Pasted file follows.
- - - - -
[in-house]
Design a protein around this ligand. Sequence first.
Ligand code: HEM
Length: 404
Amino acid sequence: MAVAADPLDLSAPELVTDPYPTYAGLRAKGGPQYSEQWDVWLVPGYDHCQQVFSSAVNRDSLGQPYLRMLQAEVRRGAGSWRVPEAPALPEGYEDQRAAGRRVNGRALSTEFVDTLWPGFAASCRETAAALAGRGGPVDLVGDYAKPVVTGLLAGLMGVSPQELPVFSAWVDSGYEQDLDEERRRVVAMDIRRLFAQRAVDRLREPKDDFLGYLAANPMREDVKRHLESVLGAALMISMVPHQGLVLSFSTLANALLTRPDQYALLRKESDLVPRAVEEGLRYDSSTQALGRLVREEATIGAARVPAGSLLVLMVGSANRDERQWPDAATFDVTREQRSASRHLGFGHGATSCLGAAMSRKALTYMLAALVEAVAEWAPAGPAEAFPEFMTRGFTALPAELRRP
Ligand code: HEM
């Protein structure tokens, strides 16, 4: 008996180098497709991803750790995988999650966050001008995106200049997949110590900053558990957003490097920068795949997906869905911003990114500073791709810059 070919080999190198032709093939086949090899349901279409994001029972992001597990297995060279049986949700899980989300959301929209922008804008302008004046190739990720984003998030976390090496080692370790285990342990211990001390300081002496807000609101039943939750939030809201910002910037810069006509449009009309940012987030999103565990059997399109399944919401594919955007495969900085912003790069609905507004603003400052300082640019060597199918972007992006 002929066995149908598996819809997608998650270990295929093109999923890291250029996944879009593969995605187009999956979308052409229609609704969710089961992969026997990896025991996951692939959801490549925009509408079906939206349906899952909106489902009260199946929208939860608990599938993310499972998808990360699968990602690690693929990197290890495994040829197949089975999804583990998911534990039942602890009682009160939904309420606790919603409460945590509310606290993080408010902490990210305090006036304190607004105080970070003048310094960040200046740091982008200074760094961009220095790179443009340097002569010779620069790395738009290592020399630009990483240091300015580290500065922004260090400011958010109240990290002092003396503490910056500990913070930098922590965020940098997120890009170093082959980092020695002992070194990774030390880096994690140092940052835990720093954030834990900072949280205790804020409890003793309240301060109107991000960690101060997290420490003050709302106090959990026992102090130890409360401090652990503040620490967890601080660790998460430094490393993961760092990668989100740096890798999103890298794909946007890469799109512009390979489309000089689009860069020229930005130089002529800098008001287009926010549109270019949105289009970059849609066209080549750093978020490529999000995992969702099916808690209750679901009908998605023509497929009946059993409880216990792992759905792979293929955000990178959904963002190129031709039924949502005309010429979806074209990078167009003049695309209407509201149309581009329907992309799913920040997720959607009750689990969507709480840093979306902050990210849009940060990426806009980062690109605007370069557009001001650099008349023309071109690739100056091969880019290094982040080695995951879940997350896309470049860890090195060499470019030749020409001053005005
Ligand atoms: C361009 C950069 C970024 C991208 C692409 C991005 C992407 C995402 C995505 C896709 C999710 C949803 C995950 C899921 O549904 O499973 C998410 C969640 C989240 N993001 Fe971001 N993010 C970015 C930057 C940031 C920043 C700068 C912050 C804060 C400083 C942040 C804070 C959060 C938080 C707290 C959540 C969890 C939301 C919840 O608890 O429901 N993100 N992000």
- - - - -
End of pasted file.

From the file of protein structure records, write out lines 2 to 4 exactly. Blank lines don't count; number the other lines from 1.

Design a protein around this ligand. Sequence first.
Ligand code: HEM
Length: 404